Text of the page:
BATON ROUGE, La. (AP) - Democrat John Bel Edwards is outraising Republican rival David Vitter in the governor’s race runoff campaign, according to fundraising updates released Thursday.
Edwards, a state lawmaker and the surprise front-runner, has received $4.5 million in contributions since the Oct. 24 primary, his campaign said. Vitter’s campaign - whose initial fundraising prowess dwarfed his competitors for governor - said the U.S. senator took in $2.6 million during the same time. The runoff is Nov. 21.
Ahead of the primary, Vitter had outraised Edwards 3-to-1 and had brought in nearly as much cash as his three major competitors combined. He also spent more heavily than the other candidates.
Fundraising reports from campaigns and outside PACs trying to influence the election’s outcome were due Thursday to the state ethics board, but they only were required to detail spending and collections through Nov. 1. Edwards’ and Vitter’s campaigns released figures they said described the donations they had received through this week.
Asked to comment on the fundraising gap, Vitter issued a statement that pivoted to a mention of his new TV campaign ad, featuring Willie Robertson of reality show “Duck Dynasty.”
He said the number released by the Edwards campaign “certainly explains the paid Democratic buses and vote-hauling operations we’ve observed. On our side, we’re very excited about the clear gains we’re making and our motivated, conservative get-out-the vote effort. And we’re getting a super reaction to our new ad.”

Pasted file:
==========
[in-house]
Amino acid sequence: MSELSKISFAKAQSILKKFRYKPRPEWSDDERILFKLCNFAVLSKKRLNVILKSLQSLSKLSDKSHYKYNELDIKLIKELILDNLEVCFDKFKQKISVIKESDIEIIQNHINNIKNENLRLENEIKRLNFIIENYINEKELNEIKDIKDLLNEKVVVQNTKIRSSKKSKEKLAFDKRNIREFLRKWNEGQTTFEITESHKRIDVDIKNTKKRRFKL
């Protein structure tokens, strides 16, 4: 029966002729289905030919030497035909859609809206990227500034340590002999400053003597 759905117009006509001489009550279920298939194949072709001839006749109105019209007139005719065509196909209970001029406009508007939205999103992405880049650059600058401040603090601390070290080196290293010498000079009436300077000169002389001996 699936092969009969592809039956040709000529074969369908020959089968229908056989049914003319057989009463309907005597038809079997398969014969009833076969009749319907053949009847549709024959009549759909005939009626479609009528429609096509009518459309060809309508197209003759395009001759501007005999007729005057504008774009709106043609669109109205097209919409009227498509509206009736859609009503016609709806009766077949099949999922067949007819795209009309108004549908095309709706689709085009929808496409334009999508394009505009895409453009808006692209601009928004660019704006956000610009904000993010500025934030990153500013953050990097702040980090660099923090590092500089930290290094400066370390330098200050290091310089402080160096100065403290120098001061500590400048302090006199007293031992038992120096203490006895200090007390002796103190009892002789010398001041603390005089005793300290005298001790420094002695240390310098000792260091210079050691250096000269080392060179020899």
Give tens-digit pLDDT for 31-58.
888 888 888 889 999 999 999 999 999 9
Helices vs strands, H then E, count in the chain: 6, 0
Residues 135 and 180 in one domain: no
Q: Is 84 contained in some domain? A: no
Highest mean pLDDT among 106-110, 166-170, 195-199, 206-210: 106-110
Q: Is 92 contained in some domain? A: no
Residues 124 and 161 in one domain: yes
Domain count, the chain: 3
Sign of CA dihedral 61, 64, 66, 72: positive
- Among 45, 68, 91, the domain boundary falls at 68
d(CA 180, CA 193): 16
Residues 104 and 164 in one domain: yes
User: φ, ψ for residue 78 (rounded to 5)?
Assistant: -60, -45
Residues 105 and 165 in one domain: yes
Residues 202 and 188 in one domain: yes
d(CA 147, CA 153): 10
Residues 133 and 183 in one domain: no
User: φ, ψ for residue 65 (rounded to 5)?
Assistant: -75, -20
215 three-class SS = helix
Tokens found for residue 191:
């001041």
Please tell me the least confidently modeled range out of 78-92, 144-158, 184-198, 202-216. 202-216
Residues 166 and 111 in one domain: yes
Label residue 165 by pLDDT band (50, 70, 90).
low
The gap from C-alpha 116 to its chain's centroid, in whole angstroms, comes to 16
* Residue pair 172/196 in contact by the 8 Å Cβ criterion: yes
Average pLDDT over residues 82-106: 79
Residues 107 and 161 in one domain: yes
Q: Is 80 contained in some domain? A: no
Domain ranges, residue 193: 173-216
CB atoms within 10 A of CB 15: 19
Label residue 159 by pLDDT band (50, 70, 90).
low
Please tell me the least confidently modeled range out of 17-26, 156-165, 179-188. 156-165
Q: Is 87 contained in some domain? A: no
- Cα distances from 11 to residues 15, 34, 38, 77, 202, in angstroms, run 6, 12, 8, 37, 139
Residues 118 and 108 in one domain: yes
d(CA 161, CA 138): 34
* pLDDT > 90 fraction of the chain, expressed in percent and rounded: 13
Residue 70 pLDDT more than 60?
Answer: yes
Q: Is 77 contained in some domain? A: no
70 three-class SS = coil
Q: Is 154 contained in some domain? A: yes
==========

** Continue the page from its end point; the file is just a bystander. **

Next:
But the fundraising numbers continue a trend of momentum for Edwards in the race, with little more than a week before the runoff. Polls have shown a sizable lead for Edwards in a conservative state that hasn’t elected a Democrat to statewide office since 2008.
“David Vitter is down in the polls, and donors are turning their backs on him,” Edwards campaign spokeswoman Mary-Patricia Wray said in a statement.
Vitter’s negatives spiked with voters amid continuing talk of his 2007 prostitution scandal, a blistering primary battle with two GOP rivals and the high unpopularity of term-limited Republican Gov. Bobby Jindal, who is running for president. Vitter also has been hit with allegations that a private investigator working for his campaign secretly filmed the Jefferson Parish sheriff and others.
Outside groups have had a heavier hand in this governor’s race than in prior elections, and they continue to be major players in the runoff.
A pro-Edwards super PAC called Louisiana Families First has raised $292,000 since the primary, mainly from unions but also from Edwards’ Democratic colleagues in the Legislature, according to the latest campaign finance reports. Also working to elect Edwards is Gumbo PAC, which has drawn $1.8 million in contributions during the runoff period, $1.3 million of that from the Democratic Governors Association.
The Republican Governors Association has poured $2 million into its Right Direction PAC to support Vitter’s election effort, according to reports filed with the ethics board. The pro-Vitter super PAC called The Fund for Louisiana’s Future has raised another $672,000 since the primary, including a $100,000 donation from Jim Walton of the Wal-Mart family.
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